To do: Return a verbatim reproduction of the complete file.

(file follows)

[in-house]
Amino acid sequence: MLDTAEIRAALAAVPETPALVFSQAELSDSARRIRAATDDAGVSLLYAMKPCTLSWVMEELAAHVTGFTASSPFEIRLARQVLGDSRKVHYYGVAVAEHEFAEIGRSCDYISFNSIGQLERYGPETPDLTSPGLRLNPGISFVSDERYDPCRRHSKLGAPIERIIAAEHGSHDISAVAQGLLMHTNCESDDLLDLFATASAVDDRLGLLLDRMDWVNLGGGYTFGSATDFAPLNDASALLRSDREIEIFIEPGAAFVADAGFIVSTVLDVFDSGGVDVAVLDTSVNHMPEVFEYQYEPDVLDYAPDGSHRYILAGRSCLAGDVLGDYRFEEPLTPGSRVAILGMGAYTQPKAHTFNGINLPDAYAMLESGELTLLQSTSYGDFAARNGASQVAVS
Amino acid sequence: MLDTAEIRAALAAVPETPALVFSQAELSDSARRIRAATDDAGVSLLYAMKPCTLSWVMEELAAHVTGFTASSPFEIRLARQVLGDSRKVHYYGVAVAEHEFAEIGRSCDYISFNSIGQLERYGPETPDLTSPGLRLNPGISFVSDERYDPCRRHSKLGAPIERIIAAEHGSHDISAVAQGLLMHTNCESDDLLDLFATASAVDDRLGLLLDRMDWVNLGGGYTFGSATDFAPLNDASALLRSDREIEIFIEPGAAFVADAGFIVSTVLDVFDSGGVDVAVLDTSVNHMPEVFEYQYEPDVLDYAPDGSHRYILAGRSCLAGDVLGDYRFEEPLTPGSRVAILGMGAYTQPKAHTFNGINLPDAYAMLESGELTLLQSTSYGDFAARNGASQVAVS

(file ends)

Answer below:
[in-house]
Amino acid sequence: MLDTAEIRAALAAVPETPALVFSQAELSDSARRIRAATDDAGVSLLYAMKPCTLSWVMEELAAHVTGFTASSPFEIRLARQVLGDSRKVHYYGVAVAEHEFAEIGRSCDYISFNSIGQLERYGPETPDLTSPGLRLNPGISFVSDERYDPCRRHSKLGAPIERIIAAEHGSHDISAVAQGLLMHTNCESDDLLDLFATASAVDDRLGLLLDRMDWVNLGGGYTFGSATDFAPLNDASALLRSDREIEIFIEPGAAFVADAGFIVSTVLDVFDSGGVDVAVLDTSVNHMPEVFEYQYEPDVLDYAPDGSHRYILAGRSCLAGDVLGDYRFEEPLTPGSRVAILGMGAYTQPKAHTFNGINLPDAYAMLESGELTLLQSTSYGDFAARNGASQVAVS
Amino acid sequence: MLDTAEIRAALAAVPETPALVFSQAELSDSARRIRAATDDAGVSLLYAMKPCTLSWVMEELAAHVTGFTASSPFEIRLARQVLGDSRKVHYYGVAVAEHEFAEIGRSCDYISFNSIGQLERYGPETPDLTSPGLRLNPGISFVSDERYDPCRRHSKLGAPIERIIAAEHGSHDISAVAQGLLMHTNCESDDLLDLFATASAVDDRLGLLLDRMDWVNLGGGYTFGSATDFAPLNDASALLRSDREIEIFIEPGAAFVADAGFIVSTVLDVFDSGGVDVAVLDTSVNHMPEVFEYQYEPDVLDYAPDGSHRYILAGRSCLAGDVLGDYRFEEPLTPGSRVAILGMGAYTQPKAHTFNGINLPDAYAMLESGELTLLQSTSYGDFAARNGASQVAVS